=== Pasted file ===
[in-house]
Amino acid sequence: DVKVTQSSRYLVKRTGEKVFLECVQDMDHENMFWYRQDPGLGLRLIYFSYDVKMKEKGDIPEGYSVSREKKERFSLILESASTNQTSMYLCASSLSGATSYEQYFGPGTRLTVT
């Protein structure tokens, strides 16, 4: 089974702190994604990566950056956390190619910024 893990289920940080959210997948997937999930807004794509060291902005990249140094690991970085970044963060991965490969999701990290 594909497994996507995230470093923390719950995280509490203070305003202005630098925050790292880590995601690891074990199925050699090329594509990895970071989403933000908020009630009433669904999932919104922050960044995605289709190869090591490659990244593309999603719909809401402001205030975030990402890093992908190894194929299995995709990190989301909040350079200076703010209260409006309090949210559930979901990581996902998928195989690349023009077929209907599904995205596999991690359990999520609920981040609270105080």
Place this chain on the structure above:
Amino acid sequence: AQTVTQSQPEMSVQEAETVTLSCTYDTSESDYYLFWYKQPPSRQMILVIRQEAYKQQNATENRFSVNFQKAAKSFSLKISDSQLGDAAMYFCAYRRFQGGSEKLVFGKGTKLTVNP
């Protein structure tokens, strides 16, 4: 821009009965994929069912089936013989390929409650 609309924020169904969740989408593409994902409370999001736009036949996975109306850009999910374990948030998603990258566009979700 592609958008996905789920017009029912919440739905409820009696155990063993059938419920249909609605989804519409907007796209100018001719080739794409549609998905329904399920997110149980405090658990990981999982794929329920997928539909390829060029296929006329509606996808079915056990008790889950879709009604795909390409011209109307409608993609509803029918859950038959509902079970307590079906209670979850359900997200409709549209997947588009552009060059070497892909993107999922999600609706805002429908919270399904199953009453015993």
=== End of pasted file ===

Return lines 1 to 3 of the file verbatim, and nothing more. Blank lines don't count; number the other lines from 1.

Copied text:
[in-house]
Amino acid sequence: DVKVTQSSRYLVKRTGEKVFLECVQDMDHENMFWYRQDPGLGLRLIYFSYDVKMKEKGDIPEGYSVSREKKERFSLILESASTNQTSMYLCASSLSGATSYEQYFGPGTRLTVT
């Protein structure tokens, strides 16, 4: 089974702190994604990566950056956390190619910024 893990289920940080959210997948997937999930807004794509060291902005990249140094690991970085970044963060991965490969999701990290 594909497994996507995230470093923390719950995280509490203070305003202005630098925050790292880590995601690891074990199925050699090329594509990895970071989403933000908020009630009433669904999932919104922050960044995605289709190869090591490659990244593309999603719909809401402001205030975030990402890093992908190894194929299995995709990190989301909040350079200076703010209260409006309090949210559930979901990581996902998928195989690349023009077929209907599904995205596999991690359990999520609920981040609270105080």